The allowance for doubtful accounts is based on our assessment of the collectibility of specific customer accounts and an assessment of international, political and economic risk as well as the aging of the accounts receivable. If there is a change in a major customer’s creditworthiness or actual defaults differ from our historical experience, our actual results could differ from our estimates of recoverability.

We accrue for warranty costs based on historical rates of repair as a percentage of shipment levels and the expected repair cost per unit, service policies and our experience with products in production or distribution. If we experience claims or significant changes in costs of services, such as third-party vendor charges, materials or freight, which could be higher or lower than our historical experience, our cost of revenues could differ from our estimates.

Palm accrues for royalty obligations to other technology and patent holders based on unit shipments of its smartphone and handheld computing devices, as a percentage of applicable revenue for the net sales of products using certain software technologies or as a fully paid-up license fee, all as determined in accordance with the terms of the applicable license agreements. Where agreements are not finalized, accrued royalty obligations represent management’s current best estimates using appropriate assumptions and projections based on negotiations with third party licensors. Palm has accrued royalty obligations of $35.4 million and $32.0 million as of May 31, 2006 and 2005, respectively, including estimated royalties of $30.5 million and $29.7 million, respectively, which are reported in other accrued liabilities. Fiscal year 2006 includes a benefit of approximately $11.7 million as a result of negotiating more favorable licensing terms than were expected as of May 31, 2005. While the amounts ultimately agreed upon may be more or less than the current accrual, management does not believe that finalization of the agreements would have had a material impact on the amounts reported for its financial position as of May 31, 2006 or for the reported results for the year then ended; however, the effect of finalization in the future may be significant to the period in which recorded.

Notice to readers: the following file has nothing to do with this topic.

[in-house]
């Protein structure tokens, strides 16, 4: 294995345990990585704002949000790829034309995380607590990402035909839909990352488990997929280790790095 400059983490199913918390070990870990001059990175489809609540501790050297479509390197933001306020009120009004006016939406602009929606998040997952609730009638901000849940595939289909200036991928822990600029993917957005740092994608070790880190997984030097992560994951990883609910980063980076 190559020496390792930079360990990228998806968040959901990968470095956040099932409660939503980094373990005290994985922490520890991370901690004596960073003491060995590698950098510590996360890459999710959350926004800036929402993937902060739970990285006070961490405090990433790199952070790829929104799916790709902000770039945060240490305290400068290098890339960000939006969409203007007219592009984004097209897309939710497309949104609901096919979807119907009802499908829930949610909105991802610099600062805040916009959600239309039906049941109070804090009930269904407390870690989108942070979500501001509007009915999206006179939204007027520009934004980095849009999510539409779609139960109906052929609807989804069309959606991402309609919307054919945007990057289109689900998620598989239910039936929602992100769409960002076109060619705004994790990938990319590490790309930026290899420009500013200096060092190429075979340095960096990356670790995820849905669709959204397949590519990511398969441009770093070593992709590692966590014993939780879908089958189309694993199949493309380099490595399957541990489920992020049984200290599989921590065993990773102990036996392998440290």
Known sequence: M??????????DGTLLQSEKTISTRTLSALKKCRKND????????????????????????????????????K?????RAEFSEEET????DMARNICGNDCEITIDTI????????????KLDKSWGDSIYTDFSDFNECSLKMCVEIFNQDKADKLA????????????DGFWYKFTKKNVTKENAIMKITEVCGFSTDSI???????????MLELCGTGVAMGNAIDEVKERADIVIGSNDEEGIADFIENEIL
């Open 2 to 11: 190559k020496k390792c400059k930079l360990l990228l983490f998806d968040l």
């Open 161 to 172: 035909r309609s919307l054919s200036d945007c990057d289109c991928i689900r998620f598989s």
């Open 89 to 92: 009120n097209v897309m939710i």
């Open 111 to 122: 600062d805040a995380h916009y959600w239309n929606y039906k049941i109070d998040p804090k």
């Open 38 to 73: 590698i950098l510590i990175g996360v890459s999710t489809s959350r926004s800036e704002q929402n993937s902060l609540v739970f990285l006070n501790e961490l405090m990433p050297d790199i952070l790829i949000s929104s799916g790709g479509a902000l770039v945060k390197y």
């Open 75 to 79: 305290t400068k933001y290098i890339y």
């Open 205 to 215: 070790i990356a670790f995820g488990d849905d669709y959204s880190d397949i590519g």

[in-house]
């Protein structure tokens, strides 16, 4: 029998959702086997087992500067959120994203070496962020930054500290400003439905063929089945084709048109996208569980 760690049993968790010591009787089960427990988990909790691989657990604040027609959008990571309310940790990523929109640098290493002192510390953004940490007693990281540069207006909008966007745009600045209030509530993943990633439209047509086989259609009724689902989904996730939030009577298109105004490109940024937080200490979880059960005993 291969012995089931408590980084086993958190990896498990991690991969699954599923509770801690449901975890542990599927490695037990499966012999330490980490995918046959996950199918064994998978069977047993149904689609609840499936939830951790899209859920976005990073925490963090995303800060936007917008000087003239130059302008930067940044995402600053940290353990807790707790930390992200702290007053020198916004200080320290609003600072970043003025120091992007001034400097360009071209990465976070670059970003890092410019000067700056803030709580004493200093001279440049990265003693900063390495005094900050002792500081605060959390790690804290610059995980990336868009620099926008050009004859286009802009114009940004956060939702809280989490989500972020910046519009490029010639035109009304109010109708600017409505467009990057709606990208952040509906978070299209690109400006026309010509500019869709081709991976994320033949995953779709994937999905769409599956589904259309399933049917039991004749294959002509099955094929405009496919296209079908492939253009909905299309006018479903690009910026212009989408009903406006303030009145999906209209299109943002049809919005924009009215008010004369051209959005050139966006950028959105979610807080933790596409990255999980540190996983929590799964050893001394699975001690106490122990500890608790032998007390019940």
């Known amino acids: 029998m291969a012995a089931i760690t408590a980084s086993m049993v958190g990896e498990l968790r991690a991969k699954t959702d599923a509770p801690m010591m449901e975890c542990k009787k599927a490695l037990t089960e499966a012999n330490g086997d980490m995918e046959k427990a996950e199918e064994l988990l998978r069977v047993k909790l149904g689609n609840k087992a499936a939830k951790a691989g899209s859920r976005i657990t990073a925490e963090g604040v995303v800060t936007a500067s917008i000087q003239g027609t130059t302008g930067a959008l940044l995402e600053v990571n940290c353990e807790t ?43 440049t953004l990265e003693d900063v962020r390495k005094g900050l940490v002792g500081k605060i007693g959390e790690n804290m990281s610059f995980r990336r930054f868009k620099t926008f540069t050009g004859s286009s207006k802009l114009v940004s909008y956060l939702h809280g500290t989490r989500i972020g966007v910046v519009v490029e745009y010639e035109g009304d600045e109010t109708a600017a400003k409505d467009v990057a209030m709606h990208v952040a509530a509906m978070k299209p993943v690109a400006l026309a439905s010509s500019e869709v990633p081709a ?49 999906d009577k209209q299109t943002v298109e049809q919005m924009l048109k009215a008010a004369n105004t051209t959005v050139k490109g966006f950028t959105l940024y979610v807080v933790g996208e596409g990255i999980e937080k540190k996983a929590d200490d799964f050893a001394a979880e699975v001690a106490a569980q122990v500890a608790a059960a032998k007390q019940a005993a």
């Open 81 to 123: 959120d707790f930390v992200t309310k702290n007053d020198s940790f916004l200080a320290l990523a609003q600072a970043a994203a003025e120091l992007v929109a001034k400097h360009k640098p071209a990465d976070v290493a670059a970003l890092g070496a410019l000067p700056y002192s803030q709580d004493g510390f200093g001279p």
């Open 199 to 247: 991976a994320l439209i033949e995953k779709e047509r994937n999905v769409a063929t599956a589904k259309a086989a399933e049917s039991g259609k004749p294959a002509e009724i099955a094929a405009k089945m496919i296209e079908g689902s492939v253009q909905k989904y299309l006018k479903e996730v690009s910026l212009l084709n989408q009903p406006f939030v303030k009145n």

Long-lived assets such as land held for sale, and property and equipment are reviewed for impairment whenever events or changes in circumstances indicate that the carrying amount of such assets may not ultimately be recoverable. Determination of recoverability is based on an estimate of undiscounted future cash flows resulting from the use of the asset and its ultimate disposition.

We evaluate the recoverability of goodwill annually during the fourth quarter of the fiscal year, or more frequently if impairment indicators arise, as required under SFAS No. 142, Goodwill and Other Intangible Assets. Goodwill is reviewed for impairment by applying a fair-value-based test at the reporting unit level within our single reporting segment. A goodwill impairment loss would be recorded for any goodwill that is determined to be impaired. Under SFAS No. 144, Accounting for the Disposal of Long-Lived Assets, intangible assets are evaluated whenever events or changes in circumstances indicate that the carrying value of the asset may be impaired. An impairment loss would be recognized for an intangible asset to the extent that the asset’s carrying value exceeds its fair value, which is determined based upon the estimated undiscounted future cash flows expected to result from the use of the asset, including disposition. Cash flow estimates used in evaluating for impairment represent management’s best estimates using appropriate assumptions and projections at the time.